Daniela Müller-Brunke grew up in Apartheid South Africa. When she was a child, almost all businesses and public spaces were intensely segregated; the laws loosened by the time she was in her teens, but the imprint that it made had lasting effects that are still apparent today. This editorial, set in the studio of a white photographer from a small desert town in South Africa, is an attempt for Müller-Brunke to come to terms with this arresting aspect of her upbringing.
“I invited black and coloured South Africans on the street to come in for a portrait, something that would have been forbidden at the height of apartheid,” she says of the shoot’s premise. “I used the same backdrops I found in the studio which the photographer is still using and had used more than 35 years ago for family portraits and weddings. Both backdrops show scenes which have nothing to do with the real lives of most people and somehow are meant to depict the sitter in an improved—if not surreal—world.”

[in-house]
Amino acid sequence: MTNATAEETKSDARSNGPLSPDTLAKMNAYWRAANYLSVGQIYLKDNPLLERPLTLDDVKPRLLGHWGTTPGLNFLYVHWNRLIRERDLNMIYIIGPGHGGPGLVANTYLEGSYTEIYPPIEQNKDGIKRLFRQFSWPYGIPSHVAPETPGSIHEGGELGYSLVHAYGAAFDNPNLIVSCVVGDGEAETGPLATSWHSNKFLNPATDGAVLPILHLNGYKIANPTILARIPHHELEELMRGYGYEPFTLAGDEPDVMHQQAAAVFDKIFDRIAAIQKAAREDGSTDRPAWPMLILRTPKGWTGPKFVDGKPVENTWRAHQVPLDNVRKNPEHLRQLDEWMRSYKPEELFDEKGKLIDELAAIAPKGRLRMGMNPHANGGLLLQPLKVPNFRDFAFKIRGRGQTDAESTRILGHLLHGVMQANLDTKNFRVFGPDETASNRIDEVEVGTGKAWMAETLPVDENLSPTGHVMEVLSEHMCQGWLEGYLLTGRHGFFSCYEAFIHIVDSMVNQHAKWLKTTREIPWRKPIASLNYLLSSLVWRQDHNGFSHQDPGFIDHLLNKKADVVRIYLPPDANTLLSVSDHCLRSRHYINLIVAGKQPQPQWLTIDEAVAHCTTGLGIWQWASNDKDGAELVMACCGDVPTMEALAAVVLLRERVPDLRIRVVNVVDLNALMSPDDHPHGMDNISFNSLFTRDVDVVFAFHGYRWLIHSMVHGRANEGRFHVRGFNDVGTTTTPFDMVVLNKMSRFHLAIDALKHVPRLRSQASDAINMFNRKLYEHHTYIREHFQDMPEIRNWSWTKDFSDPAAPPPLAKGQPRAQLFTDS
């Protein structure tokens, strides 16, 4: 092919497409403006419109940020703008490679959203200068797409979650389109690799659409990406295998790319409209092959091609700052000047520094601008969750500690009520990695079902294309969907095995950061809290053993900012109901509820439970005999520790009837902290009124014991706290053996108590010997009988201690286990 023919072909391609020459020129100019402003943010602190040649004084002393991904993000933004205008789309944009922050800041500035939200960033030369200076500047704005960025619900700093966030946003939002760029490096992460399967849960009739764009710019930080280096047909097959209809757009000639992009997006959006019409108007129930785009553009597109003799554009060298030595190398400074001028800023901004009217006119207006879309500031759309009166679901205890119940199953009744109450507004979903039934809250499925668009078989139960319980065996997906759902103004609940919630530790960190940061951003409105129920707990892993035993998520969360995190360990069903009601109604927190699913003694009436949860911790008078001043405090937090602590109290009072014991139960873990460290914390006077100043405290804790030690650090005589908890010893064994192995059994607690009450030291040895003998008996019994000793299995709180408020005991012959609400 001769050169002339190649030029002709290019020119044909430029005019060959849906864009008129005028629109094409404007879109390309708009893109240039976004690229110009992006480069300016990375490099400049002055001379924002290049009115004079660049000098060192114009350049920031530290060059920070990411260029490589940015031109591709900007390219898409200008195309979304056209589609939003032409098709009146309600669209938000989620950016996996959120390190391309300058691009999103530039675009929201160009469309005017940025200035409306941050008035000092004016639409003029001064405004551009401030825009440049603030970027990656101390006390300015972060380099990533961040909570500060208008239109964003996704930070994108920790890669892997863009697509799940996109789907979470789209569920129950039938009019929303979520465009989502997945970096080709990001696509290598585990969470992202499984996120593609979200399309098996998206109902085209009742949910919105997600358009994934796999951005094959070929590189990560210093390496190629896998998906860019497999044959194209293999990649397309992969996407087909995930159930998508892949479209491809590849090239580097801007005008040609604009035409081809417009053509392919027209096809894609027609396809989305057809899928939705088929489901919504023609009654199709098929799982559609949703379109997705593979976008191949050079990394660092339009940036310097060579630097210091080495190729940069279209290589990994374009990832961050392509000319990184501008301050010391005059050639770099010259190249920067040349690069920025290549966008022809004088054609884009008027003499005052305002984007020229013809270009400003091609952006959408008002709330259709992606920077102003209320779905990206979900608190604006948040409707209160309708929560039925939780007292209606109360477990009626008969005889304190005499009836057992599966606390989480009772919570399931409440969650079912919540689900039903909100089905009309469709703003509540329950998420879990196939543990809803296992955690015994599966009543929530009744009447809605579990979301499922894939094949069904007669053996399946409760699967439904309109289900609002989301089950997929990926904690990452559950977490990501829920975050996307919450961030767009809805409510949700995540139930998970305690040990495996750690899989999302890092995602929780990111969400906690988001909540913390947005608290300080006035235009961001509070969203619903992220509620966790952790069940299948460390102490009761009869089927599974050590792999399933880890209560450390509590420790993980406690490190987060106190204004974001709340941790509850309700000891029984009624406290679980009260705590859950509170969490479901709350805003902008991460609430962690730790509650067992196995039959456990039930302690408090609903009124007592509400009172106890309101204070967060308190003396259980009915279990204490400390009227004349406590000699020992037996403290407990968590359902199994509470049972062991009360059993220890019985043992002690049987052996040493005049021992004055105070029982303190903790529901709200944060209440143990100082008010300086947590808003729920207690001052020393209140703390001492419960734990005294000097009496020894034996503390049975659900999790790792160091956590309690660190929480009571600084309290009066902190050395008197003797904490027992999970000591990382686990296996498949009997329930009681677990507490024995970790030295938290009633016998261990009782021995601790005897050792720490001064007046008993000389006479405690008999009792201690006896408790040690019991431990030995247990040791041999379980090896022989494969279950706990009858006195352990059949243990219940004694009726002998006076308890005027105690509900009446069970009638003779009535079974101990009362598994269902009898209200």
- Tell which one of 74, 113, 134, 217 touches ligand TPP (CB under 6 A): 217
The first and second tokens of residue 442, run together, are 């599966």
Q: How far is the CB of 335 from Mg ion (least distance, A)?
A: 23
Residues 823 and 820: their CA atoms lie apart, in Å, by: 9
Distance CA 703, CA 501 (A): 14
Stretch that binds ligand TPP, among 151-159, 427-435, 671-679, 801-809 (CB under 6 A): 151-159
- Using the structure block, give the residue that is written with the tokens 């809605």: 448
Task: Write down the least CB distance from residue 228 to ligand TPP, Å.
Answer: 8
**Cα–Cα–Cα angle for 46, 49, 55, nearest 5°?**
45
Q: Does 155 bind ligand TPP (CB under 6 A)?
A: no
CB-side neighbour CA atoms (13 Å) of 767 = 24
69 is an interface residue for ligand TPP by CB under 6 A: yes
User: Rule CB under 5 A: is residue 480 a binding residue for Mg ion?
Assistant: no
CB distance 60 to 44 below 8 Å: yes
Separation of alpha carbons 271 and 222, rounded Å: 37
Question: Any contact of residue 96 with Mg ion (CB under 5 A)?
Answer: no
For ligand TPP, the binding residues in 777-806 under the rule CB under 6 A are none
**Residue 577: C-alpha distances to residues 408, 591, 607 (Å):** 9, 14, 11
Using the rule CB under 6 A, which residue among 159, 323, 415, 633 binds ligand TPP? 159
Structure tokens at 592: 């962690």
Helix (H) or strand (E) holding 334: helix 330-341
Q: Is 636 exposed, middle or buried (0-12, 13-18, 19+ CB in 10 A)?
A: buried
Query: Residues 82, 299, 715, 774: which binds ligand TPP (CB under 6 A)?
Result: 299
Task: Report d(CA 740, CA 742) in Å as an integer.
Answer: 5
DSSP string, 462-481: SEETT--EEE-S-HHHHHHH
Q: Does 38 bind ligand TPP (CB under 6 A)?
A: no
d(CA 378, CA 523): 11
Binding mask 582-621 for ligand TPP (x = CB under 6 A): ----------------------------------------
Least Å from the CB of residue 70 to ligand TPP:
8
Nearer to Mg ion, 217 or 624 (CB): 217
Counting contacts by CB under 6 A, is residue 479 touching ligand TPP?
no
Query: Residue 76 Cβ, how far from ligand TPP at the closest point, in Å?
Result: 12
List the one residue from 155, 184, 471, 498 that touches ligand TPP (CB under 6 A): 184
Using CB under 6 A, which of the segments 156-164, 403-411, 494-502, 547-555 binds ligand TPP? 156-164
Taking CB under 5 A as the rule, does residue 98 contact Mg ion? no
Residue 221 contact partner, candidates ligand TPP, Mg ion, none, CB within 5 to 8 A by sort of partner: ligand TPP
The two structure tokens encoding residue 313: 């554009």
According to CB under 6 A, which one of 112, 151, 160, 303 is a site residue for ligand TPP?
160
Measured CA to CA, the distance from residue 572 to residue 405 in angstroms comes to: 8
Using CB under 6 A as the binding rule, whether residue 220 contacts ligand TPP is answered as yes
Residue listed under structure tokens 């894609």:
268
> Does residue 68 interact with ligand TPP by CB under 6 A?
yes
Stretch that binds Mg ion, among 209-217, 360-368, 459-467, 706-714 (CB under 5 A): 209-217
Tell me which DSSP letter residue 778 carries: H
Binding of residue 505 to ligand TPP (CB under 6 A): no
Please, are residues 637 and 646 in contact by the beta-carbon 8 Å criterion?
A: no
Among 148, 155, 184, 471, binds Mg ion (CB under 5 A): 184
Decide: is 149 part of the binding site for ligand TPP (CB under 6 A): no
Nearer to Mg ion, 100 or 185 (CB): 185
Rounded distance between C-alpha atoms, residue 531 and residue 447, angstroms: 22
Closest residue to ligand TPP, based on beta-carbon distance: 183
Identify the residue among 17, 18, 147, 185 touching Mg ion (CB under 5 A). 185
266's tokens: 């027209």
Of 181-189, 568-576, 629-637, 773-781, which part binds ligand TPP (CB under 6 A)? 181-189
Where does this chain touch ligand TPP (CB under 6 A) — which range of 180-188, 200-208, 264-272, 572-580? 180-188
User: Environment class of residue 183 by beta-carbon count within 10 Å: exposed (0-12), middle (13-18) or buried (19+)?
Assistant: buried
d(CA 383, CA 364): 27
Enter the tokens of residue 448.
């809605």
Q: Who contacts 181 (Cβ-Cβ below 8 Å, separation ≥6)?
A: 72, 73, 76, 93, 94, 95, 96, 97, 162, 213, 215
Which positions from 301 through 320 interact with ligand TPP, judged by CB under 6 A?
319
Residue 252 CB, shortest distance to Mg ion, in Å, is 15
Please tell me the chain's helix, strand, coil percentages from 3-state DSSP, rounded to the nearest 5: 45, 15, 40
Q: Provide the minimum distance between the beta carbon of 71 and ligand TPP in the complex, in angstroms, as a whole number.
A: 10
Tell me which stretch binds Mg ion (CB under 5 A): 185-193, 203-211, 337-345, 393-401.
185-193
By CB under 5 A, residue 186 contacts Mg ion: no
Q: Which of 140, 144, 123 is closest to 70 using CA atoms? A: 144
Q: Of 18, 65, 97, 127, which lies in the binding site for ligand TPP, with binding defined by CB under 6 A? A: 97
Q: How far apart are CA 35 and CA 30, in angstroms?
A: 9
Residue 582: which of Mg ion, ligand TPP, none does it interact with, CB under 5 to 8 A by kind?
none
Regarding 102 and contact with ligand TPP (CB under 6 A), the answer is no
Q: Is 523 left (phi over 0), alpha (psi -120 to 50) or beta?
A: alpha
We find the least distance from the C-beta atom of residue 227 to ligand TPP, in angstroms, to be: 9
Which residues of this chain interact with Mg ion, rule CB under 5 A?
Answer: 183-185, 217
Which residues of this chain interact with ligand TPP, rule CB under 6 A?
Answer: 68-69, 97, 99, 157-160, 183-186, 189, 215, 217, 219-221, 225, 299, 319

Photography DANIELA MÜLLER-BRUNKE
Clothing throughout MODELS’ OWN